Early Birds: who’ll stun at the Cheltenham Festival Trials?
From now until March, every horse-racing enthusiast will be on the lookout for the next showstopper horse to take the Cheltenham Festival by storm, and with six races running on the last Saturday in January, the Cheltenham Festival Trials are the event to watch if you’re thinking of watching the Cheltenham Festival in March. More than once, the Cheltenham Festival Trials have been early predictors for March winners, so let’s break down what’s happening on the day and why it’s important.
Betbright Trial Cotswolds Chase
It’s been running since the 1980s, then named the Tote Doublechase, and after that, the Timeform Hall of Fame Chase, and serves as a test run for the Cheltenham Gold Cup, the most prestigious event in the March Cheltenham Festival. Run over a distance of 3 miles and 1 ½ furlongs, the race also features 21 fences to be jumped. Last year’s victor, Definitely Red, claimed the winner’s seat despite exceptionally soft ground and considerable competition.
As it’s the closest thing to the Cheltenham Gold Cup before the Cheltenham Gold Cup, the Betbright Trial Cotswolds Chase is 100% the sole match to watch even if you’re not interested in the rest of the race day.
JCB Triumph Trial Juvenile Hurdle
The opening event of the Cheltenham Festival Trial races is the JCB Triumph Trial Juvenile Hurdle, a Grade II race open to horses aged four years with a distance of 2 miles and 1 furlong with eight fences to be cleared. It serves as an important stepping stone for any juvenile racers on their way to Cheltenham and previous participants in this even have gone to do well in future Cheltenham Races; is it going to show you a victor? Maybe not – the horses running in the Juvenile Hurdle are all two years old, and have a lot of race-running to catch up on, but amongst themselves, it’s good to see which horse cuts above the rest.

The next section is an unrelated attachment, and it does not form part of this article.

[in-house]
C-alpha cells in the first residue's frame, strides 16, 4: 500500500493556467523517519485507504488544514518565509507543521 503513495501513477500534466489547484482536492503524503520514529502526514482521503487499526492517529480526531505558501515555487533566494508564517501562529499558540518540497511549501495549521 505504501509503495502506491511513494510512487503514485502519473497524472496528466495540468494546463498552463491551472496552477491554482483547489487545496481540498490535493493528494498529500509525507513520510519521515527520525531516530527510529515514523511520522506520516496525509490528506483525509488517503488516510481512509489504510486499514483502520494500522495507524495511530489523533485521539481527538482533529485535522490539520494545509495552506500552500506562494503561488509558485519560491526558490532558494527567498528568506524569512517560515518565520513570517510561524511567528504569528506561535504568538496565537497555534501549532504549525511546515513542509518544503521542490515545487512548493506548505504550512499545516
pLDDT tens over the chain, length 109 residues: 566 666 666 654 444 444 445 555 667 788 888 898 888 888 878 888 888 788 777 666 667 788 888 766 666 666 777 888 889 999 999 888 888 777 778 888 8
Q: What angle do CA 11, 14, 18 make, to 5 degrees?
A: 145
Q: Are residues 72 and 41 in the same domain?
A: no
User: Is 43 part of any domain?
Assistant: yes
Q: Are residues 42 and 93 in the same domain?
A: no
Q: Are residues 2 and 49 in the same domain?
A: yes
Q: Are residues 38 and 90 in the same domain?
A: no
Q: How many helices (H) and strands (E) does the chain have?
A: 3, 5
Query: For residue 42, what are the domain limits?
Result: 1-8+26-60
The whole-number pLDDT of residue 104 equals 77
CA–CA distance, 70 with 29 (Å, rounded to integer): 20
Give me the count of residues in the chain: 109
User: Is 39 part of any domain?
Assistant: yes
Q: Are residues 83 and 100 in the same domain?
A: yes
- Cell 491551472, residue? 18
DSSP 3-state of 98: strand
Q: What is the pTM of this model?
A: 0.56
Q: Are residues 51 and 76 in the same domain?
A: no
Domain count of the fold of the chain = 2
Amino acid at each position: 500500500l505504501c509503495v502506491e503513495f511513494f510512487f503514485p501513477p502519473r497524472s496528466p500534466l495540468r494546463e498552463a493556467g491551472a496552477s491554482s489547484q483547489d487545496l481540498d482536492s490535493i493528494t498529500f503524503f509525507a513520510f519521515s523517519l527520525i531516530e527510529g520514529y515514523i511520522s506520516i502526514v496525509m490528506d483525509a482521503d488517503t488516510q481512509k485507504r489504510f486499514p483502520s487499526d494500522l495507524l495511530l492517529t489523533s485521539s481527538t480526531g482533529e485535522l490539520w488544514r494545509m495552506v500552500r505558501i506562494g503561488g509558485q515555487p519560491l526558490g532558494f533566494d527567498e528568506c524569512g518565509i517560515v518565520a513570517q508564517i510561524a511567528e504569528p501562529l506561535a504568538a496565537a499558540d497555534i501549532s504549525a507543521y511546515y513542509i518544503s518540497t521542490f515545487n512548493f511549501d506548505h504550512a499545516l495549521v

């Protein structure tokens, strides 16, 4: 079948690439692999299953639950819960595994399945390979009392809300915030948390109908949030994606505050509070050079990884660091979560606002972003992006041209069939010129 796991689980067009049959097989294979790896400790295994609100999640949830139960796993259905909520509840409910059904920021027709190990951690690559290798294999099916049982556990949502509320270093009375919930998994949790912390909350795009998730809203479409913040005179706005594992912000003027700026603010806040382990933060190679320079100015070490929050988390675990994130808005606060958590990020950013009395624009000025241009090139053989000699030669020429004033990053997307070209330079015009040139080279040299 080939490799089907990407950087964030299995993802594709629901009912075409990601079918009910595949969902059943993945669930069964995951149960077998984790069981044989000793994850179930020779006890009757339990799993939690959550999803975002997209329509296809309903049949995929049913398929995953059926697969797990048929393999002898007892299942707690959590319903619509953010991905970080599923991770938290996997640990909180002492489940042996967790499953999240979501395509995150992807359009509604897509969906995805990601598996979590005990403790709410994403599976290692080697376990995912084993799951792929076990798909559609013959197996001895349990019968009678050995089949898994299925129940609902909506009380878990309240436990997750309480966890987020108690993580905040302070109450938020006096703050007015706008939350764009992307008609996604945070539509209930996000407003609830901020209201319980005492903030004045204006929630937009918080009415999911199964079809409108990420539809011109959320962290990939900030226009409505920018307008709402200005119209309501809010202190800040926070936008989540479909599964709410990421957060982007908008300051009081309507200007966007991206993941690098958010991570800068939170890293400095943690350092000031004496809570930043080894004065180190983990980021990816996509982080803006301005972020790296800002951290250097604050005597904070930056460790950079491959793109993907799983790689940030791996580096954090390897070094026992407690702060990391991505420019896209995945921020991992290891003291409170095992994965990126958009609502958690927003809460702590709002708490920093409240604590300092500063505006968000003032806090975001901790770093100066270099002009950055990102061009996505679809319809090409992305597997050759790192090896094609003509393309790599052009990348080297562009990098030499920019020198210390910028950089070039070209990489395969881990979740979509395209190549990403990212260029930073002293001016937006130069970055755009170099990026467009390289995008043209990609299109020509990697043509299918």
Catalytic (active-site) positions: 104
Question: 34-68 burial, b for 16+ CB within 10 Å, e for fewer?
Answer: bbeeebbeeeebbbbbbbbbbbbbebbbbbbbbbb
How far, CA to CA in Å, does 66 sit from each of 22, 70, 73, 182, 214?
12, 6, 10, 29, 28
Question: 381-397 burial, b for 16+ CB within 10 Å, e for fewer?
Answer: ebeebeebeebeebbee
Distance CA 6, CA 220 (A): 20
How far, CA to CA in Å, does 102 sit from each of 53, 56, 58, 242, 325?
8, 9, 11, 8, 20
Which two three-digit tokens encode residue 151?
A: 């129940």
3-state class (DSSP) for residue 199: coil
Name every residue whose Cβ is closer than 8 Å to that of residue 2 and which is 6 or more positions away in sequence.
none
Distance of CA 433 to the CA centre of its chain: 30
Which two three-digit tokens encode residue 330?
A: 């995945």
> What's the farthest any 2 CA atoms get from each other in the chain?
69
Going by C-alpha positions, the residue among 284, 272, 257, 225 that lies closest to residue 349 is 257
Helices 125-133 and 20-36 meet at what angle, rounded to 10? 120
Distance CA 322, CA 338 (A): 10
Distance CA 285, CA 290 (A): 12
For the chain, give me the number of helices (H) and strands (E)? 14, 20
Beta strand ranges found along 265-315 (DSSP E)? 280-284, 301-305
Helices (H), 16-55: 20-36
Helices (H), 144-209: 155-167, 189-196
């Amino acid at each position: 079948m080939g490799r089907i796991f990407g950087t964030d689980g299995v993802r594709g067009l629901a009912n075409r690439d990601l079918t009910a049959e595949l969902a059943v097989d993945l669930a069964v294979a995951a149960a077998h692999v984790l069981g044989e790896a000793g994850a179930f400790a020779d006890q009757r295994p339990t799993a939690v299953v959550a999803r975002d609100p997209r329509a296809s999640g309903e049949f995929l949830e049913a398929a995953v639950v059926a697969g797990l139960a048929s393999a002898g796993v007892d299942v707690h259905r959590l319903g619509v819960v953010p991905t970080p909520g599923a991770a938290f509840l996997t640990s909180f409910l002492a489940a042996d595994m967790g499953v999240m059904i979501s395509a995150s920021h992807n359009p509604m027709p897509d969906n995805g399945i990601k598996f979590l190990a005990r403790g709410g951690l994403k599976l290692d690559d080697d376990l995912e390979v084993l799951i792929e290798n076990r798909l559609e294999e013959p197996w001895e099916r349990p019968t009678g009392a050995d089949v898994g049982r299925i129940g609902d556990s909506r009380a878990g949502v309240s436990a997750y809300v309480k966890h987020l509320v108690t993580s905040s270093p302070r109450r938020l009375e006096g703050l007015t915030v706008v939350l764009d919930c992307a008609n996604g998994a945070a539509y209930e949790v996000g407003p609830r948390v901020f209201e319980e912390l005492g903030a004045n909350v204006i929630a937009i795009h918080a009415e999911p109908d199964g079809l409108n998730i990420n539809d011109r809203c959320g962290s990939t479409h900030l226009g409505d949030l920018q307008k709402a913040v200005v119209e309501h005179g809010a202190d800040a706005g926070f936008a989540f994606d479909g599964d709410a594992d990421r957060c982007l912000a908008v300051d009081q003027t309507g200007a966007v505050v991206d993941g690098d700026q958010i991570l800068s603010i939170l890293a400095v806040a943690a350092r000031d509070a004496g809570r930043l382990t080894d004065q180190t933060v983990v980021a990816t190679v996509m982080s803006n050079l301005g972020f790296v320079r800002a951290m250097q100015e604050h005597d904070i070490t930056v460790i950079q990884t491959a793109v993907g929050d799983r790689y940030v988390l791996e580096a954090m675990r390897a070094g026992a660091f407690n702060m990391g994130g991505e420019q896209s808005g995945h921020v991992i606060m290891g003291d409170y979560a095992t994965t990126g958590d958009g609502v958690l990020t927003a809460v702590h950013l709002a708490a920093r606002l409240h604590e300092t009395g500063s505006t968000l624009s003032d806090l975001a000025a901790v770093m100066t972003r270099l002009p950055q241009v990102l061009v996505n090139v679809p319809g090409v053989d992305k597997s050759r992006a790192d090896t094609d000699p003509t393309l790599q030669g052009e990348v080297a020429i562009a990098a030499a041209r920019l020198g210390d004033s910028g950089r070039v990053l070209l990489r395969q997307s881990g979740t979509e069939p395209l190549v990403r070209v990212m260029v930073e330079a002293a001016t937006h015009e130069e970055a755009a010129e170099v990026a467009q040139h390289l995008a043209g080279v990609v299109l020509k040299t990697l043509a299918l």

That said, usually victors of the JCB Triumph Trial Juvenile Hurdle have gone on to claim a first or second place at the JCB Trail in March.
Ballymore Classics Hurdle
Open to horses over four years old, this race takes place over 2 miles and 4 ½ furlongs and has ten hurdles to clear, and remains one of the most important events of the Cheltenham Festival Trial day as it tends to attract the best racers in the novice category, and a single good run in the Ballymore Classics Hurdle – whether they’re winners or not – can open up the path to better future races for hurdlers.
In March, the Stayers Hurdle gets all eyes shining, but in January, there’s the Cleeve Hurdle, the main trial event for the Stayers Hurdle. Open to horses aged five and over, the Cleeve Hurdle has a distance of 3 miles and three obstacles to clear, and was initially a Grade I race before it was downgraded to a Grade II.
This is the key race for horses to run if they want to maintain good hurdling technique, and previous winners have gone on to do well in other hurdling events.
So is it worth the watch?
Horses who participate in the Cheltenham Trial Day can give a little precursor to the big event all the way down in March, so we definitely recommend that you tune into the Cheltenham Trial Day and see which racers look promising this year. If you’d like to keep track of the odds, Mr Green Sport is your sure-fire way to make sure that you stay up to date with how your favourites are faring and to place your bets.Article written by in SPORT by Mr Green